"Foolish Talk 'Bout Freedom": Simms's Vision of America in the Yemassee

Article excerpt

Comparisons are frequently made among Sir Walter Scott's Ivanhoe (1820), James Fenimore Cooper's The Last of the Mohicans (1825), and William Gilmore Simms's The Yemassee (1835). (1) These three works suggest the movement of the romance from Great Britain to America and, within the United States, from the North to the South. The Yemassee is generally regarded as the least effective of the three, perhaps because the plot lines of Ivanhoe and The Last of the Mohicans move quickly from adventure to adventure and do not overburden their protagonists with courtship or civic responsibilities. The Yemassee, on the other hand, recounts Lord Craven's very verbal courtship of Bess Mathews and details his efforts to persuade the English settlement that an Indian attack is imminent. It also features characters like Parson Mathews, Hugh Grayson, and the insufferable doctor Constantine Maximilian who often delay heroic adventures with windy speeches. Although its opening and closing chapters are as gripping (and as violent) as anything in either Scott or Cooper, The Yemassee, judged purely as an adventure tale, does fall short of its predecessors. But Simms, while learning much from Scott and Cooper, was not interested in becoming the American Scott or extending the mythos that Cooper created. (2)

Instead, The Yemassee is Simms's attempt to domesticate American fiction. Cooper is rightly credited by R. W. B. Lewis with popularizing one of our basic literary paradigms: a man of action who escapes from the trivialities of domestic life by fleeing into the forest. Yet Simms rewrites this paradigm. The Yemassee reenacts and justifies the establishment of the South's peculiar institution, although it does so by showing the chaos that ensues when people of color fail to take their rightful place in the social hierarchy. In Ivanhoe and The Last of the Mohicans, social order is achieved through racial exclusion. Ivanhoe, who is Norman, can marry the Saxon Rowena because she is Christian; yet he cannot marry Rebecca, whom he finds more desirable, because she is Jewish. Likewise, Cooper will not allow Cora, who is only partially white, to mix her blood with the Uncas. Furthermore, at the end of Ivanhoe Rebecca and her family leave England, and at the end of Cooper's novel he kills off both Uncas and Cora. Scott's exclusion of Jews, and Cooper's exclusion of Native- and African-Americans imply that these "alien tribes"--regardless of their virtues--can never be wedded with white Christians into a harmonious social unit. While Scott and Cooper must expel their "alien tribes," Simms finds a place for blacks within American society. (3) It is, of course, an unacceptable place, but it is interesting that Simms uses the romance not to exclude or extirpate America's most alien tribe (African-Americans) but to include it in what he believed was a moral and practical social arrangement. And if Simms's novel focuses on the near extermination of the Yemassee, it does so primarily to validate the strict social hierarchy of the plantation South. Unlike Cooper or Robert Montgomery Bird, Simms is not really interested in Indians at all; they simply serve as a reminder, I believe, of what will happen to African-Americans if they fail to accept their status as slaves.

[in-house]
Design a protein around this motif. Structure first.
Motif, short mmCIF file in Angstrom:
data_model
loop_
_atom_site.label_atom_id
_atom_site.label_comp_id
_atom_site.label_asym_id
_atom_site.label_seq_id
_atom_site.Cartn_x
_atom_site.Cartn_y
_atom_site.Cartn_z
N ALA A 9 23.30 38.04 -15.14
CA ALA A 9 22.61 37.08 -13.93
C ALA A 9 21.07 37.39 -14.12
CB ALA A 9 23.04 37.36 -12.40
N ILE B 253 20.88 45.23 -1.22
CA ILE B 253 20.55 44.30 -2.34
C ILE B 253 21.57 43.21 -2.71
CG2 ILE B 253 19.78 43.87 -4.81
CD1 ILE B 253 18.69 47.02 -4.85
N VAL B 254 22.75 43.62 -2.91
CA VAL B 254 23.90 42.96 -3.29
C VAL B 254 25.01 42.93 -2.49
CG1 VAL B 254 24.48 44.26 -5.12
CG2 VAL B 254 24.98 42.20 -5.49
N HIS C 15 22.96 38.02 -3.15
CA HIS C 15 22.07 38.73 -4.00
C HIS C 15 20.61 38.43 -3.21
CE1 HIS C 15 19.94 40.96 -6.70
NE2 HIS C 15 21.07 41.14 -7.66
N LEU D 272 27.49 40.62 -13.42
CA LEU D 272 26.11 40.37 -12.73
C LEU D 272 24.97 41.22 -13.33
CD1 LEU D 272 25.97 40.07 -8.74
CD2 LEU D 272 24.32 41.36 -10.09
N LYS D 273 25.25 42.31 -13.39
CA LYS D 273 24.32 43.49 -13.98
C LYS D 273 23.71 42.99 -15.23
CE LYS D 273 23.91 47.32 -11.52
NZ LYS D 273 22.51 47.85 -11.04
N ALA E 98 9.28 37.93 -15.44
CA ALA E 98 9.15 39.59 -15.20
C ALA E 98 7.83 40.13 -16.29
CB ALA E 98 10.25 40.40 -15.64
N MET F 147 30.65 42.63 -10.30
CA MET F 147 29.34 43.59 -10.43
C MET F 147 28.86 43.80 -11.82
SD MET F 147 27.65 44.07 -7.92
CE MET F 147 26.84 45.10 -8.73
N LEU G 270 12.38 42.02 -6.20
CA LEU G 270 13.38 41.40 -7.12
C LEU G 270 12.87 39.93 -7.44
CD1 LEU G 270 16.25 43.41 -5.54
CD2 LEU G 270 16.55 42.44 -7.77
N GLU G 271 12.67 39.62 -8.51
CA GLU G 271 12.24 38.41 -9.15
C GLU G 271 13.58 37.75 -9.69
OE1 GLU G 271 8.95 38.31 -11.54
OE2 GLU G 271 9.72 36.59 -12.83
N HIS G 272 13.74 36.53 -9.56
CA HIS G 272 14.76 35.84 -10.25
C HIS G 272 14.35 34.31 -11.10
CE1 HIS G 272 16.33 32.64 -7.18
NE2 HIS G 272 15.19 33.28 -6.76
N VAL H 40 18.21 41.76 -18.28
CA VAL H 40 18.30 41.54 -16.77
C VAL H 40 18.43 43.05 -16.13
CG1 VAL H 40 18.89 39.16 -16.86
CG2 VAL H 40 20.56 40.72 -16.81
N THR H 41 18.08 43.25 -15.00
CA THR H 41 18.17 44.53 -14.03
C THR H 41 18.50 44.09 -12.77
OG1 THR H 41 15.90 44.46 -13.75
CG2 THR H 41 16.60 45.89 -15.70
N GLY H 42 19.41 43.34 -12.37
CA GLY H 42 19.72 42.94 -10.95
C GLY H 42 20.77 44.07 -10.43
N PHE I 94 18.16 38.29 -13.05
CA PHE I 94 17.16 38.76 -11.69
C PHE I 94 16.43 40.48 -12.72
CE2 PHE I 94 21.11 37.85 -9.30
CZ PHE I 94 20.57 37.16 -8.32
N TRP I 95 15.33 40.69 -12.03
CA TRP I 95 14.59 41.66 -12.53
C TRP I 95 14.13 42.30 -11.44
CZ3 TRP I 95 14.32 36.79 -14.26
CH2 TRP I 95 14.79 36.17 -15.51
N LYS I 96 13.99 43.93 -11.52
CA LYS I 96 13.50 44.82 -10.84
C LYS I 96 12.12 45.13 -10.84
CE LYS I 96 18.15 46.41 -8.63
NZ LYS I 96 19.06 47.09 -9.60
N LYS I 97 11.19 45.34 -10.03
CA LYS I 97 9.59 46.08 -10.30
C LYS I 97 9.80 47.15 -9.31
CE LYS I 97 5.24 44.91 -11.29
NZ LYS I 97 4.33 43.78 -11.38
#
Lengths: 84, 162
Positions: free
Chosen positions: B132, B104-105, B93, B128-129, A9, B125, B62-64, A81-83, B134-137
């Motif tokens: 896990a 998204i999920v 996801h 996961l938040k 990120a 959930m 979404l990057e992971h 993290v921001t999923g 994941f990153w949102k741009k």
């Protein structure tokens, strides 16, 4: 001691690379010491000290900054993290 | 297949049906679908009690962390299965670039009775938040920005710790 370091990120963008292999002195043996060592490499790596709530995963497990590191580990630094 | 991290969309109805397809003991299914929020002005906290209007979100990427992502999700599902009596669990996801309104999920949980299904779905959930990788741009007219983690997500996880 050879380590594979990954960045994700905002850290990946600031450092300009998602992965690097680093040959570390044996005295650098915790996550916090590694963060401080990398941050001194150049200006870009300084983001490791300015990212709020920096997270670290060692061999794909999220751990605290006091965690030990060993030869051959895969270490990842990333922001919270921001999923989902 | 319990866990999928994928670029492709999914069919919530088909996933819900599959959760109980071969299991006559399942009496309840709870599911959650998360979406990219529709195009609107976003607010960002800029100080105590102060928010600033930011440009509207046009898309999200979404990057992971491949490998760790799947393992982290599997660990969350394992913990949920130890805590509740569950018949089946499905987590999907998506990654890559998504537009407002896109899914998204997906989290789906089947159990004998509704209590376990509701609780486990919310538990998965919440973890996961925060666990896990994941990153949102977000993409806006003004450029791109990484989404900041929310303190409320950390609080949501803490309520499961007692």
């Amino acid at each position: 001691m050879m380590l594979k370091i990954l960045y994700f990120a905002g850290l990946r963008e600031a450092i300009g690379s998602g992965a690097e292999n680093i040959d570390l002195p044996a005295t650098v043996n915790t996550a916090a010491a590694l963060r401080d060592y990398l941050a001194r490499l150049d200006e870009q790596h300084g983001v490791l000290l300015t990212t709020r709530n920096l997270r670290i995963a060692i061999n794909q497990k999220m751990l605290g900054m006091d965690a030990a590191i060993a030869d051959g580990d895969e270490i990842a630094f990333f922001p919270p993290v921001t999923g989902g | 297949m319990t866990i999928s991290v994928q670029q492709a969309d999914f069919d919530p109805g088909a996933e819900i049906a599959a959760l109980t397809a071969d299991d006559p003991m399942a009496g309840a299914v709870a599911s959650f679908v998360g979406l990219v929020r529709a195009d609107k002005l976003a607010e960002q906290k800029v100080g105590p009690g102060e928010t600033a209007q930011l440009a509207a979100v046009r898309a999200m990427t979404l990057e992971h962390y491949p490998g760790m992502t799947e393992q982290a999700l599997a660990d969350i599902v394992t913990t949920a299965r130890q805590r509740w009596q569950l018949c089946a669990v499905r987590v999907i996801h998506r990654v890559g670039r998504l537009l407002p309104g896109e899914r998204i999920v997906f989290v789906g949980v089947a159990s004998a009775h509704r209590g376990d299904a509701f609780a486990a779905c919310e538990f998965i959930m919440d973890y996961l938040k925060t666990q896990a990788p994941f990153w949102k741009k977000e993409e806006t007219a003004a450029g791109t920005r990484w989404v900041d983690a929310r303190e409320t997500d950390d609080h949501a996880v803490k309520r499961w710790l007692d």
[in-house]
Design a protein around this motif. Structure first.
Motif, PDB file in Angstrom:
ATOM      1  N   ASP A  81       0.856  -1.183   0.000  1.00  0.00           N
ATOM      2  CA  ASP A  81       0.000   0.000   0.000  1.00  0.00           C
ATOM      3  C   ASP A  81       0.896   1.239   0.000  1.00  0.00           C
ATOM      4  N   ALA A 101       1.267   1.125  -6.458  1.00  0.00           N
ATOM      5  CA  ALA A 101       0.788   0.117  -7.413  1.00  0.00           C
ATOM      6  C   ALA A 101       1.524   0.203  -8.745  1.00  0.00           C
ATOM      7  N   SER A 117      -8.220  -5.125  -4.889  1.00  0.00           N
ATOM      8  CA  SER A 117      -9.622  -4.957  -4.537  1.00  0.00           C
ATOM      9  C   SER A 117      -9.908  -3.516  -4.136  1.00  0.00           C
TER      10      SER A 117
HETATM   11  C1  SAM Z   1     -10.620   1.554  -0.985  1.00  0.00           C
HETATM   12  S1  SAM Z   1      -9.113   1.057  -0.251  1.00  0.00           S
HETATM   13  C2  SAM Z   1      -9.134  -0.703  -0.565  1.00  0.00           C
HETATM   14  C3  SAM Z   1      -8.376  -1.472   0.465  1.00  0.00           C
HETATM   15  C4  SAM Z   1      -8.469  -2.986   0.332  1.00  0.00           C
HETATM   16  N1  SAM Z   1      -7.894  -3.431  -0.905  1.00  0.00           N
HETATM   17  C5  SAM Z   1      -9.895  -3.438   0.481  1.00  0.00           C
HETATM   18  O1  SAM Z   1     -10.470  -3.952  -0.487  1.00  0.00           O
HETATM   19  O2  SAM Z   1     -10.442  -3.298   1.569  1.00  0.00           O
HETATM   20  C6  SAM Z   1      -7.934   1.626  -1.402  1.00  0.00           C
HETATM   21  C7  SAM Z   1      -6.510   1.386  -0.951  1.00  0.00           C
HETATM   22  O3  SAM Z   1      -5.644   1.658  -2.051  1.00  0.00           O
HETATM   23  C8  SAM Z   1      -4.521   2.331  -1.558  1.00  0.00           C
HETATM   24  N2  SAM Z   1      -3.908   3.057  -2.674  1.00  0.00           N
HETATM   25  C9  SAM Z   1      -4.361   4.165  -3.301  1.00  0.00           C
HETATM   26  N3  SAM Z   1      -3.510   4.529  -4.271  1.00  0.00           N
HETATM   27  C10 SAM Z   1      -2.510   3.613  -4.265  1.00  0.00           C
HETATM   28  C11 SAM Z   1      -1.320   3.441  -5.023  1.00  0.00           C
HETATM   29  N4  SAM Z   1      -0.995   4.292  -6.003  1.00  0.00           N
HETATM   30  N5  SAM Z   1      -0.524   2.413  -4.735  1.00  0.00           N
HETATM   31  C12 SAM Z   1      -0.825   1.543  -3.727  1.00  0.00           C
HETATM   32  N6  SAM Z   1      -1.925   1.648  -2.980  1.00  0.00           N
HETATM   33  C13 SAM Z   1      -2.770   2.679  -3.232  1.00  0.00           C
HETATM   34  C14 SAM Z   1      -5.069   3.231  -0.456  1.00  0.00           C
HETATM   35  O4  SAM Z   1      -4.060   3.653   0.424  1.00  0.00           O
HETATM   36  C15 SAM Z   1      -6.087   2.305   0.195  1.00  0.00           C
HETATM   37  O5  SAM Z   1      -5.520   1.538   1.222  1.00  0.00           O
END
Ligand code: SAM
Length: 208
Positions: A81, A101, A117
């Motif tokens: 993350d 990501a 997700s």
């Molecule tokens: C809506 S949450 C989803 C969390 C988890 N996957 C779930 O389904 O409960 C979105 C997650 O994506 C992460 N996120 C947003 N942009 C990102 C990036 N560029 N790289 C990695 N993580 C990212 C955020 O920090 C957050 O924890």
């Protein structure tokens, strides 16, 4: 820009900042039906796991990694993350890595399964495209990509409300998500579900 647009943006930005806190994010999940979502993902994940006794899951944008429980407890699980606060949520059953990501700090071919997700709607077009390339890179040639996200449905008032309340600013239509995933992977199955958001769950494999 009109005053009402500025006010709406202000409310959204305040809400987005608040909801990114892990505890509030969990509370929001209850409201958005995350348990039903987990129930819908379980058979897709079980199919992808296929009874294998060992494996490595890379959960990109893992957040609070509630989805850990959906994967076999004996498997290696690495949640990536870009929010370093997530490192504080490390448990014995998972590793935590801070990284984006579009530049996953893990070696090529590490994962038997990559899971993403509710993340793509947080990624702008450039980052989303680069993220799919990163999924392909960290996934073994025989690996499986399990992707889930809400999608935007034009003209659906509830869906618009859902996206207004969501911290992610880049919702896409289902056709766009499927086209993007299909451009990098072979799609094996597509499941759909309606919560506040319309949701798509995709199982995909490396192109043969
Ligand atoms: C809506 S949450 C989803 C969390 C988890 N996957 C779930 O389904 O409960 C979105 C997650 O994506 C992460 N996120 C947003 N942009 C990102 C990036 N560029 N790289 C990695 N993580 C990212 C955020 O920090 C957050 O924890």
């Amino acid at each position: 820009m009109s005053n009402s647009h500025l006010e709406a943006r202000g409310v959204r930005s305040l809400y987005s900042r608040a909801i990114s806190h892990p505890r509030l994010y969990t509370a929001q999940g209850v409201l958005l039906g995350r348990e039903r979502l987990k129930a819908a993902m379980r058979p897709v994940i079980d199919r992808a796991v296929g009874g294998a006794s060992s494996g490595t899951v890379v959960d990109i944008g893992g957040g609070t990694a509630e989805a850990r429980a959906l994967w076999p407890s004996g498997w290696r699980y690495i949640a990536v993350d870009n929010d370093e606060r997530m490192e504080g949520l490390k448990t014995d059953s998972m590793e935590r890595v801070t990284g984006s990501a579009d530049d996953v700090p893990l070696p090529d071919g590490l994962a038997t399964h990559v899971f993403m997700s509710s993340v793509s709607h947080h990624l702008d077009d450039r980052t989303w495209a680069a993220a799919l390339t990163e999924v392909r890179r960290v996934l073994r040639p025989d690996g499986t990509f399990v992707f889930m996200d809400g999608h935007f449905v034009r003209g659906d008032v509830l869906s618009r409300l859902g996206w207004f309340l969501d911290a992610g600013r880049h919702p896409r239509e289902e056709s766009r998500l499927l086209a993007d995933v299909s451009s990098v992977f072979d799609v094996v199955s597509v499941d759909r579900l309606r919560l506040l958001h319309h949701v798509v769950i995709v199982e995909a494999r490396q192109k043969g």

The Yemassee suggests that if America is to avoid the horrible bloodletting that characterized the displacement of the American Indian (which Cooper. Simms, and Robert Montgomery Bird all record), then blacks must accept their role as slaves to whites, for it is slaver)' that secures both their own and the larger community's welfare. Similar attitudes toward slavery, can be found in works such as John Pendleton Kennedy's Swallow Barn (1832) and Beverly Tucker's The Partisan Leader (1836), but in addition to articulating the moral and social necessity of slavery, The Yemassee offers all alternate vision of life in America, a vision not based on freedom, either for whites or blacks, but upon a complex social hierarchy. …


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